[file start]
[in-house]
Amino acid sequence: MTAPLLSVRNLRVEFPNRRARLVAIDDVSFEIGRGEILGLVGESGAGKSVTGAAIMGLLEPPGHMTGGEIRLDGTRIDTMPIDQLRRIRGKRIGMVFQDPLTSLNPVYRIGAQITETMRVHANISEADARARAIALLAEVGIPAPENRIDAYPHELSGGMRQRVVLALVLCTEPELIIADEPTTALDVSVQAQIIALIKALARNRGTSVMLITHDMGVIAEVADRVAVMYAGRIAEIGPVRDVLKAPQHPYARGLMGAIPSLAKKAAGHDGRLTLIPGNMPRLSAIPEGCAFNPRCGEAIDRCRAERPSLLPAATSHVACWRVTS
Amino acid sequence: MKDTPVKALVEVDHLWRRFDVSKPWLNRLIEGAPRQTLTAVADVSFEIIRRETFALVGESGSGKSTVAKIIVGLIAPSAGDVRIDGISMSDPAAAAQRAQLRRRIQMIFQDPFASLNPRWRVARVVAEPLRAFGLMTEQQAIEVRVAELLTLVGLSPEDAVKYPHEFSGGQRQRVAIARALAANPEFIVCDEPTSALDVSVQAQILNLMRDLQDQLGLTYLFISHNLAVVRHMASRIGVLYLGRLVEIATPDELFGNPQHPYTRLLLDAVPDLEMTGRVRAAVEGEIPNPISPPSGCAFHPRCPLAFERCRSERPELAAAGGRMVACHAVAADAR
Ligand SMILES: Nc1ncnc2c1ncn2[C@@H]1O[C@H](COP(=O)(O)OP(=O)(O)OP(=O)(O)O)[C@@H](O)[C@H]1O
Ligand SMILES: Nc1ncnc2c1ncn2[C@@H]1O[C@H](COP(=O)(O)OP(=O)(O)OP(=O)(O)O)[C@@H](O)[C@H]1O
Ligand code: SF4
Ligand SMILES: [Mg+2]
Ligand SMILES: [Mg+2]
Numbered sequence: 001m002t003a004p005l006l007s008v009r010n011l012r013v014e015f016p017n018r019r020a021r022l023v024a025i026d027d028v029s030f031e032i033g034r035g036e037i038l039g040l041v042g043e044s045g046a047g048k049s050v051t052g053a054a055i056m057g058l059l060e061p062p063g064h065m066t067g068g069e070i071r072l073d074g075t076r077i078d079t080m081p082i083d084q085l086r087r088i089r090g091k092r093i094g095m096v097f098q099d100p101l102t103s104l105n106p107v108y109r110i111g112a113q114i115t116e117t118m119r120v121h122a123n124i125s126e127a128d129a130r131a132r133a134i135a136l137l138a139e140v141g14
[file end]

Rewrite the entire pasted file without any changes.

[in-house]
Amino acid sequence: MTAPLLSVRNLRVEFPNRRARLVAIDDVSFEIGRGEILGLVGESGAGKSVTGAAIMGLLEPPGHMTGGEIRLDGTRIDTMPIDQLRRIRGKRIGMVFQDPLTSLNPVYRIGAQITETMRVHANISEADARARAIALLAEVGIPAPENRIDAYPHELSGGMRQRVVLALVLCTEPELIIADEPTTALDVSVQAQIIALIKALARNRGTSVMLITHDMGVIAEVADRVAVMYAGRIAEIGPVRDVLKAPQHPYARGLMGAIPSLAKKAAGHDGRLTLIPGNMPRLSAIPEGCAFNPRCGEAIDRCRAERPSLLPAATSHVACWRVTS
Amino acid sequence: MKDTPVKALVEVDHLWRRFDVSKPWLNRLIEGAPRQTLTAVADVSFEIIRRETFALVGESGSGKSTVAKIIVGLIAPSAGDVRIDGISMSDPAAAAQRAQLRRRIQMIFQDPFASLNPRWRVARVVAEPLRAFGLMTEQQAIEVRVAELLTLVGLSPEDAVKYPHEFSGGQRQRVAIARALAANPEFIVCDEPTSALDVSVQAQILNLMRDLQDQLGLTYLFISHNLAVVRHMASRIGVLYLGRLVEIATPDELFGNPQHPYTRLLLDAVPDLEMTGRVRAAVEGEIPNPISPPSGCAFHPRCPLAFERCRSERPELAAAGGRMVACHAVAADAR
Ligand SMILES: Nc1ncnc2c1ncn2[C@@H]1O[C@H](COP(=O)(O)OP(=O)(O)OP(=O)(O)O)[C@@H](O)[C@H]1O
Ligand SMILES: Nc1ncnc2c1ncn2[C@@H]1O[C@H](COP(=O)(O)OP(=O)(O)OP(=O)(O)O)[C@@H](O)[C@H]1O
Ligand code: SF4
Ligand SMILES: [Mg+2]
Ligand SMILES: [Mg+2]
Numbered sequence: 001m002t003a004p005l006l007s008v009r010n011l012r013v014e015f016p017n018r019r020a021r022l023v024a025i026d027d028v029s030f031e032i033g034r035g036e037i038l039g040l041v042g043e044s045g046a047g048k049s050v051t052g053a054a055i056m057g058l059l060e061p062p063g064h065m066t067g068g069e070i071r072l073d074g075t076r077i078d079t080m081p082i083d084q085l086r087r088i089r090g091k092r093i094g095m096v097f098q099d100p101l102t103s104l105n106p107v108y109r110i111g112a113q114i115t116e117t118m119r120v121h122a123n124i125s126e127a128d129a130r131a132r133a134i135a136l137l138a139e140v141g14